Also check out some of the universities offering online Bachelors in Journalism:
Journalism careers after graduation
Yes, it’s true printed press isn’t what it used to be. But what about the huge number of websites, online blogs, magazines, or news? It’s not that Journalism is dying, it’s just changing.
People are naturally curious. That’s not going to change. What’s changing is the way people receive this information. It may be on a website, on a Smart TV, or on a mobile app, but they still want to know it.
Long story short, your degree in Journalism is and will remain valuable on the job market. So, what are the jobs you can have with a Bachelor’s in Journalism that not only warm your heart, but also your pockets? Here’s a list with average salaries based on PayScale data:
Content Marketer – 52,000 USD/year
You’ll do plenty to keep you busy: from videos to articles and images that promote brands and products for companies. You'll need to stay up-to-date with the latest digital and social media trends, understand how ads work, and you'll work with traffic analysis tools and websites.
Copywriter – 52,000 USD/year
Journalism skills will come in handy if you decide to develop a career as a copywriter. You'll need to make use of creativity, research skills, and great writing abilities in order to write copy that attracts the right target audience —all while providing useful and relevant info.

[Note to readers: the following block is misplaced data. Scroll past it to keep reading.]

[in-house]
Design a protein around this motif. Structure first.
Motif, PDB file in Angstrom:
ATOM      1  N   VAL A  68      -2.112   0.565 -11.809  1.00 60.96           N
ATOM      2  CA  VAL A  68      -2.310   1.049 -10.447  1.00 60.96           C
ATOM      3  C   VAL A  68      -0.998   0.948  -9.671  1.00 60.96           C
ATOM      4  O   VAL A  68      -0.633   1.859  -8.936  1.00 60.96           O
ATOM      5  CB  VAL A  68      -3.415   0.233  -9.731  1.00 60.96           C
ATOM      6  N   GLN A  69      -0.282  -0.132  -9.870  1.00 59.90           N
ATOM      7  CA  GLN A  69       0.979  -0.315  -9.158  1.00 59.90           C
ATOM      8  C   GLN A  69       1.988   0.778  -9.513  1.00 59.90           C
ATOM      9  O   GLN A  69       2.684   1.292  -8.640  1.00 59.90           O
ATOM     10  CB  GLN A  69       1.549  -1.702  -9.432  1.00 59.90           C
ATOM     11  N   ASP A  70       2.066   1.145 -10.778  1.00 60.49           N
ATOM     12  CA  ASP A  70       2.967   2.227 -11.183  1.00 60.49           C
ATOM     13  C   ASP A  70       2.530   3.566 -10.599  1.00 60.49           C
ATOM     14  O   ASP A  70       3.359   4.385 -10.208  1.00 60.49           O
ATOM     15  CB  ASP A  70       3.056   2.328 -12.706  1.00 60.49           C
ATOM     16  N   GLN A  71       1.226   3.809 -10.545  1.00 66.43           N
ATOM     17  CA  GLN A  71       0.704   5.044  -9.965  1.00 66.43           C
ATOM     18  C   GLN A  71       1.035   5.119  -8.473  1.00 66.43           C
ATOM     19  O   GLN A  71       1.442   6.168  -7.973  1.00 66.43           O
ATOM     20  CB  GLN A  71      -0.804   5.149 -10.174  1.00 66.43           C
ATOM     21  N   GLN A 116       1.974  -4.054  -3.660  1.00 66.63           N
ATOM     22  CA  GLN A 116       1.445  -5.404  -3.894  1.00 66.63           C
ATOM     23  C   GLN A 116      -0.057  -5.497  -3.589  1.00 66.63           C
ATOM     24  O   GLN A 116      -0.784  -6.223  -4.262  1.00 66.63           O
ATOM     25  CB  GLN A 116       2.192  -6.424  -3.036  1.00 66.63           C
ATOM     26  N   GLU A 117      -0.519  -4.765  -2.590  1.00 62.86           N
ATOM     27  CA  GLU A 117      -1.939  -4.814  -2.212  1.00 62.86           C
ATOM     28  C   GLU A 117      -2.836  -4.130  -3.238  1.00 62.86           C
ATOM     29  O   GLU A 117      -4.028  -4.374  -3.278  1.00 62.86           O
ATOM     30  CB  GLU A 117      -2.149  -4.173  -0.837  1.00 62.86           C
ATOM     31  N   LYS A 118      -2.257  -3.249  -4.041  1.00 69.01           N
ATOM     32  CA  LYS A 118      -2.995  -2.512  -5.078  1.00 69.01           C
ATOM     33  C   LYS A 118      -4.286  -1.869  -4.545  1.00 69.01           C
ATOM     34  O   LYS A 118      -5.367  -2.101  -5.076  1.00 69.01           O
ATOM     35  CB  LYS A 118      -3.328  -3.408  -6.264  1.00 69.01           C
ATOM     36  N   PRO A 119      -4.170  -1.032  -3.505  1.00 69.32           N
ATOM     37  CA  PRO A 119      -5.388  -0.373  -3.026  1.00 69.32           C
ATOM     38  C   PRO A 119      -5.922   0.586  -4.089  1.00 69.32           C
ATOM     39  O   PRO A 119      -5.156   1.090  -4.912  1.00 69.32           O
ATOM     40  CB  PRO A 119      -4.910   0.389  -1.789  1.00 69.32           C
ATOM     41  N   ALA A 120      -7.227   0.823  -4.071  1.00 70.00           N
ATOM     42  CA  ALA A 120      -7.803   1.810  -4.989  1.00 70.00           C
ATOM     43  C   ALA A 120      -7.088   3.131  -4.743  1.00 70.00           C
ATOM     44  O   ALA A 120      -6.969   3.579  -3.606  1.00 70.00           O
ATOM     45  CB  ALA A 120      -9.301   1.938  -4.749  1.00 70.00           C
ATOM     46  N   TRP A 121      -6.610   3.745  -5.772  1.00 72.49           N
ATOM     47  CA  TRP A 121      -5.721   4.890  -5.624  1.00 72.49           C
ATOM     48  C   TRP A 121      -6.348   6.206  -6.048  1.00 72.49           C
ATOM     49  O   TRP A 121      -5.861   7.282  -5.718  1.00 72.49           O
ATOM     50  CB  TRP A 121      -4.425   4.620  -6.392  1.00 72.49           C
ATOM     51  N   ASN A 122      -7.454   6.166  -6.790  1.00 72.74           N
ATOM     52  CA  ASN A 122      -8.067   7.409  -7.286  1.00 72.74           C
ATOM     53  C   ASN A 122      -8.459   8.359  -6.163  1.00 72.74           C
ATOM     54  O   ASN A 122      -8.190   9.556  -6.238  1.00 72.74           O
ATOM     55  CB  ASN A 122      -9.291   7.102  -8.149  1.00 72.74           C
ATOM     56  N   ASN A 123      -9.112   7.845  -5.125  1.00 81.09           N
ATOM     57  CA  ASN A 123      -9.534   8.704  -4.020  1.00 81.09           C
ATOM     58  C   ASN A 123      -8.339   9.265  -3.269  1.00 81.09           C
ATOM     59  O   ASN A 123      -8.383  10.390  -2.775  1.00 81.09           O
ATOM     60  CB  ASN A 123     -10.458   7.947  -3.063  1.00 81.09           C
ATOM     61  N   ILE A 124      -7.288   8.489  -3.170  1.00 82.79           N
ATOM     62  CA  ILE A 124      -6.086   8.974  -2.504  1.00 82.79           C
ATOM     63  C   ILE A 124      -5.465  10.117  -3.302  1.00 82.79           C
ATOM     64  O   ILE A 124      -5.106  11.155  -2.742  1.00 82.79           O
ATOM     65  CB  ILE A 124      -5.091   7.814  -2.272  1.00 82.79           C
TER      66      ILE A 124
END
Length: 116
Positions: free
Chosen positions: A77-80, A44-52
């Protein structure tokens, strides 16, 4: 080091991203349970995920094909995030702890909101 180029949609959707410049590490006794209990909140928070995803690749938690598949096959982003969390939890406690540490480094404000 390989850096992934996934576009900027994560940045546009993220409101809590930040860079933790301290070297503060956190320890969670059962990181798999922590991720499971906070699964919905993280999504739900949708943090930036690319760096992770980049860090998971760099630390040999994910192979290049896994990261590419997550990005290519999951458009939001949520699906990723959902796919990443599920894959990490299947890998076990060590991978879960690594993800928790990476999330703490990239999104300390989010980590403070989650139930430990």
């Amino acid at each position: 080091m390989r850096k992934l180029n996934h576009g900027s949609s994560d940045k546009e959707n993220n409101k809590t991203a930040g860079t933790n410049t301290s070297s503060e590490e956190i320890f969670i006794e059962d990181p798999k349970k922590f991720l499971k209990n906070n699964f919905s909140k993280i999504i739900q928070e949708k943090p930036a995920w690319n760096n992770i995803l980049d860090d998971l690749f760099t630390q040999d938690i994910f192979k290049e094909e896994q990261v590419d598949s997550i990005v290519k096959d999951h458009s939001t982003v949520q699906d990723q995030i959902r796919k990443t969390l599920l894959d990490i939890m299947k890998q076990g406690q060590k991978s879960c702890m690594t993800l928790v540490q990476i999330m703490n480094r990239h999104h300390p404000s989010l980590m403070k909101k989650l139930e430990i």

Editor – 53,000 USD/year
Your job will be to oversee all steps in the publishing process, and discover the next J.K. Rowling. But you're not limited to working for book publishers. Almost any company that takes marketing and online content seriously will need a (senior) editor. And with enough experience and know-how, you might be exactly what they're looking for.
Reporter – 45,000 USD/year
The man or woman on the move. You’ll be out covering news and events, investigating stories and doing interviews. It's the ideal job for those who don't see themselves working in an office 8 hours a day, 5 days per week. You will sometimes face challenging weather conditions or difficult people, but it's all part of gathering info and creating news stories worth sharing.
Social Media or PR Specialist – 47,500 USD/year
These jobs are similar, but not identical. The common ground is that you'll need to take care of the brand image by sharing news, statements, posts, or defend the company during difficult situations. The PR specialist usually has more responsibility and needs more experience, especially when dealing with press conferences or tricky questions.
Technical Writer – 60,500 USD/year
You’ll be the one who translates technical and specialised terms into something the rest of us can understand. You'll work on how-to guides, user and safety manuals, white papers, and so on. Sometimes, this job requires working with more than one language, so having some translation skills can be a huge advantage.
Journalism isn't about what, it’s about how
Whether you choose to create your own blog, be a columnist or an editor, or anything else after graduating with a degree in Journalism, what matters is how you do it. The difference between success and failure — in any field — is how much passion, effort, and perseverance you put in.
Start writing your own future with a Bachelor’s programme in Journalism!